During the study period, the annual percentage of all visits for suicide ideation and attempts more than doubled, increasing from 0.66 percent in 2008 to 1.82 percent in 2015, according to the study, which appeared online in the journal Pediatrics in May. Researchers also noticed seasonal differences, with the highest peaks in spring and fall.

“More than half of these (encounters) resulted in hospitalization,” the study notes. “The observed increases appear to be consistent with reports of increasing prevalence of depression and mood disorders in U.S. children and adolescents. Suicide deaths among 10- to 14-year-olds significantly increased from 2006 to 2014, a time period similar to the one we examined.”

Jared Traxler, center, with his mother and grandmother | Courtesy of Norton Children’s Hospital

For Jared, who is now 13 and lives in New Haven, the road to attempted suicide began when he found his 53-year-old grandfather, Jake Meyers, dead in June 2015.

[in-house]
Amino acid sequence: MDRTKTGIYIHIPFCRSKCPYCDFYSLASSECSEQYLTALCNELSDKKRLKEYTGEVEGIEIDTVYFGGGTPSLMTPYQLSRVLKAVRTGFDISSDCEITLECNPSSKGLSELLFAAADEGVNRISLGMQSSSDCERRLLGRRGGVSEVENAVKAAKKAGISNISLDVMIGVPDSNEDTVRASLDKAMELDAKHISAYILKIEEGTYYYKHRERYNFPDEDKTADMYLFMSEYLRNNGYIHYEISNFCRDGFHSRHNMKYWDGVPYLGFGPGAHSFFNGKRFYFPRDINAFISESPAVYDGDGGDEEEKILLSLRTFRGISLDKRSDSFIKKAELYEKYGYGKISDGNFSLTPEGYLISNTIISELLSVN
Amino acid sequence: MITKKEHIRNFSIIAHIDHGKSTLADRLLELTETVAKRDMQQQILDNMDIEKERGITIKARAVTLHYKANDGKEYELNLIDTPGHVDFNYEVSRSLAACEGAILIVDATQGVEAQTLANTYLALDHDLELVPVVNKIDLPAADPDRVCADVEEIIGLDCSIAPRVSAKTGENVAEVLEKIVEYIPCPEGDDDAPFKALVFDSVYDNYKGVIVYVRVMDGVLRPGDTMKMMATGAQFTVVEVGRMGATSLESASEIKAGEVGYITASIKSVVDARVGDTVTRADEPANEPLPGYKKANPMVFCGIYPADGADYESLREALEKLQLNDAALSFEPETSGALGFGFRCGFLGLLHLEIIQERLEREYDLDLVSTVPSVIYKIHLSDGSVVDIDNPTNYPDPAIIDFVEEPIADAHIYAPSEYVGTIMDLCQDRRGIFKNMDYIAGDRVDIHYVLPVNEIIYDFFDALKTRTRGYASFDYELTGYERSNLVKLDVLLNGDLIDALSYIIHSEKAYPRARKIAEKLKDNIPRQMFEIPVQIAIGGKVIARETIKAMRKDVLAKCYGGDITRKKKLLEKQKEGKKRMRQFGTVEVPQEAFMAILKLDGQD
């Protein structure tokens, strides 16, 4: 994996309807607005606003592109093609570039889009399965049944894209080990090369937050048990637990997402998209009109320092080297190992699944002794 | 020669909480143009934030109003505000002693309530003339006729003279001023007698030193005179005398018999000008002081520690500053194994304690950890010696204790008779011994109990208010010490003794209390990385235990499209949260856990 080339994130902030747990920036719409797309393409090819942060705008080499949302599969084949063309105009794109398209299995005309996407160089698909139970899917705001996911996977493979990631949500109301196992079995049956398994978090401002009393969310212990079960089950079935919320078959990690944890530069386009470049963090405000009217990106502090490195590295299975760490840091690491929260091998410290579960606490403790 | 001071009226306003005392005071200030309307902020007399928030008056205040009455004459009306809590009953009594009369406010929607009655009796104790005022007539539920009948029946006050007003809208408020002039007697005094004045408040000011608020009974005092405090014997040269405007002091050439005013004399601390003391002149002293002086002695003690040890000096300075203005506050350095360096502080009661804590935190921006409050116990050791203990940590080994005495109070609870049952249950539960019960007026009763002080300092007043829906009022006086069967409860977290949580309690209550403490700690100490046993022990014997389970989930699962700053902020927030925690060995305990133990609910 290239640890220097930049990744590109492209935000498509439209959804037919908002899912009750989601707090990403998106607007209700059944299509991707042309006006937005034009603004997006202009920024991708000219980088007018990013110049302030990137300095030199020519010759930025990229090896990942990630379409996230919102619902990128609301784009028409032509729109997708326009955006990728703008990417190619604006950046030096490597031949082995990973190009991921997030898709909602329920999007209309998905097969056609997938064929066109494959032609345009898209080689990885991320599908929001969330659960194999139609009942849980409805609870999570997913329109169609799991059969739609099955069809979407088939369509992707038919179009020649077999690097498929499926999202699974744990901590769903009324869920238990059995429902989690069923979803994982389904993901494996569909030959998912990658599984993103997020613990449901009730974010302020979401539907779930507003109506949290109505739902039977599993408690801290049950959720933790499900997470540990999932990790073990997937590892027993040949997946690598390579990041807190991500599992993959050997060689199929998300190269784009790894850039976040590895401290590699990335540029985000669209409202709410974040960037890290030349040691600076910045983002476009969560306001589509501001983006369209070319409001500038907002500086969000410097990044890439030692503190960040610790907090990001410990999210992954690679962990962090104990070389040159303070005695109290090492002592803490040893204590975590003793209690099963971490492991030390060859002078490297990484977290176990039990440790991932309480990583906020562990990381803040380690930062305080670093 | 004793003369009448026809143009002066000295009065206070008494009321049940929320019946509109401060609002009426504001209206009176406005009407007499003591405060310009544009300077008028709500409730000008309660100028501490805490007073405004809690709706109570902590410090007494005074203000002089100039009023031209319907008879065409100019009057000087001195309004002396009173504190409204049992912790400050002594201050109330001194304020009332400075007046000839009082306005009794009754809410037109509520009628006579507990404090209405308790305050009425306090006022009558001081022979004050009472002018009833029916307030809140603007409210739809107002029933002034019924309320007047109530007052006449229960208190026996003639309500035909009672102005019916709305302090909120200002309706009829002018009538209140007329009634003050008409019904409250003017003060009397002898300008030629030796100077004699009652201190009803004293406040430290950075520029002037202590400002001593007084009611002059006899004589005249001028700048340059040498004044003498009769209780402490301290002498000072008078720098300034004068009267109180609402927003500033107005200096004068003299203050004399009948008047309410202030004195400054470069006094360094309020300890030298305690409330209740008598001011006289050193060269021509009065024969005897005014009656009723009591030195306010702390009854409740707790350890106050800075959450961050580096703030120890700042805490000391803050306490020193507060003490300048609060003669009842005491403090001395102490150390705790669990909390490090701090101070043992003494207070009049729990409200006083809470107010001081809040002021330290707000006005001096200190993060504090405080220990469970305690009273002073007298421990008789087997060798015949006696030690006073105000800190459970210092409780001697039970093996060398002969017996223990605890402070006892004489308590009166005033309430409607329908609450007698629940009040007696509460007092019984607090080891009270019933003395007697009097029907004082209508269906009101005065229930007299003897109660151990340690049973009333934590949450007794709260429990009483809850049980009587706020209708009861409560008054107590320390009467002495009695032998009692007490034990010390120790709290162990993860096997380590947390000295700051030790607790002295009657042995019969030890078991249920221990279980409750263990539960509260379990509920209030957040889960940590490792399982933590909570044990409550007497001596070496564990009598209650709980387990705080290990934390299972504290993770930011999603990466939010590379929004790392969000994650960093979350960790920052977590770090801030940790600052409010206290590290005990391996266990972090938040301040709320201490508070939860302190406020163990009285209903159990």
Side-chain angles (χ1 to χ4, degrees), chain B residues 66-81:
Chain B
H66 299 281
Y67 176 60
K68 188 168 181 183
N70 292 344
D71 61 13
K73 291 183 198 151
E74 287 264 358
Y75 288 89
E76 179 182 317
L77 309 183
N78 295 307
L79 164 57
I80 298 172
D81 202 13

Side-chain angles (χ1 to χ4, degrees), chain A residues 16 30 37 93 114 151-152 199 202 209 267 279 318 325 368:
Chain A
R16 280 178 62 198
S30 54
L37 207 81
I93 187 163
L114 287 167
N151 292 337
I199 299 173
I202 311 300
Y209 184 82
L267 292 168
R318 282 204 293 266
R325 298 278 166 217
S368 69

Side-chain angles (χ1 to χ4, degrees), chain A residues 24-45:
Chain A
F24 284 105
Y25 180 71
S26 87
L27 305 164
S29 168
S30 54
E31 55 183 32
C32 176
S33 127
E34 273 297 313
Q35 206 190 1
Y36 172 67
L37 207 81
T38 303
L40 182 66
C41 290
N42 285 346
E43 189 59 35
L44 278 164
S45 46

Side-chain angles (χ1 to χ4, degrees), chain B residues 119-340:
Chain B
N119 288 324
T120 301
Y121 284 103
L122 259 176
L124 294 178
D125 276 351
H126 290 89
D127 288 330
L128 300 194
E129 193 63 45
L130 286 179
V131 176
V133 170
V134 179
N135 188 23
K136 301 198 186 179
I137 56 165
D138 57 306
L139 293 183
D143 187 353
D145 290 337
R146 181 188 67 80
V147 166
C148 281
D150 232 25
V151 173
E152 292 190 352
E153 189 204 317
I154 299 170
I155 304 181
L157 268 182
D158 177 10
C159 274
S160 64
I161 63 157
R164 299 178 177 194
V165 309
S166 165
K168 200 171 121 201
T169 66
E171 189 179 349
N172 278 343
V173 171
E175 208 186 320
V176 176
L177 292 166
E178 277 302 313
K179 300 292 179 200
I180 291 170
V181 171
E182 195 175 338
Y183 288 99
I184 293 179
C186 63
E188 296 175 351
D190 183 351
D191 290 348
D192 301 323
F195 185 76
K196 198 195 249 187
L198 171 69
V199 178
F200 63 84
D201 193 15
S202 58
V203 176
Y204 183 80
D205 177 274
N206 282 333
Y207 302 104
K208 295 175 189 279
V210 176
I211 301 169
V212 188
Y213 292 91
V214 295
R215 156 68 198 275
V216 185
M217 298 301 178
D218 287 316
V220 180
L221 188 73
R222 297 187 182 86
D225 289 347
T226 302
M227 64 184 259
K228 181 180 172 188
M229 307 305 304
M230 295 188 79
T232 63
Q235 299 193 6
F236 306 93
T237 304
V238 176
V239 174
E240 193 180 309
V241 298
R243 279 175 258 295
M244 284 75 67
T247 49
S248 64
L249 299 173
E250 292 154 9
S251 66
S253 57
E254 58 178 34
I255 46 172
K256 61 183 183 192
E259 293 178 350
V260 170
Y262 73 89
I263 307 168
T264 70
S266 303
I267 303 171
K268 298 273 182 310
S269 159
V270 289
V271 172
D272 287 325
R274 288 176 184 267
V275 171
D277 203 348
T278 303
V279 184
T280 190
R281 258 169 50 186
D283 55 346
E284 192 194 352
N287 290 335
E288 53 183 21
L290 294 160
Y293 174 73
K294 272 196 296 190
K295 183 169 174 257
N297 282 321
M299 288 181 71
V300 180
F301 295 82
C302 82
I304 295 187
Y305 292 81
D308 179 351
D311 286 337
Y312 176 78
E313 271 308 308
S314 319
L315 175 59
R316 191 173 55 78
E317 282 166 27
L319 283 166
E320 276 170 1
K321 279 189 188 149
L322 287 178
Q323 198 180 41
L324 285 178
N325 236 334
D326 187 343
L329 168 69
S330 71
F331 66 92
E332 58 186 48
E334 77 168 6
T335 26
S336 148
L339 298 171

“He went to wake him up to borrow a fishing pole and noticed he wasn’t breathing,” Amber Traxler said. “He tried waking him up, and he didn’t.”

Meyers’ death — from natural causes — was a big blow to Jared because his Papaw had been a father figure to him and they’d shared a lot of time together, riding four wheelers, fishing and flying little helicopters.

“We used to go outside all the time and like just do all kinds of stuff. We were super close. That’s mainly what affected me,” Jared told Insider Louisville.

As depression overtook him, the boy kept his feelings mainly to himself.

“After a couple of months, it (the depression) kind of came out of nowhere,” he said. “The reason I never talked to nobody was, honestly, I thought if I said anything, it would hurt them, too.”

Instead, “I tried to kind of keep to myself a lot of the time, and I got mad really, really easy,” he said.

The day that he decided to kill himself, his mother said she noticed that he was agitated, but when asked, he would say, “Nothing, nothing, nothing.”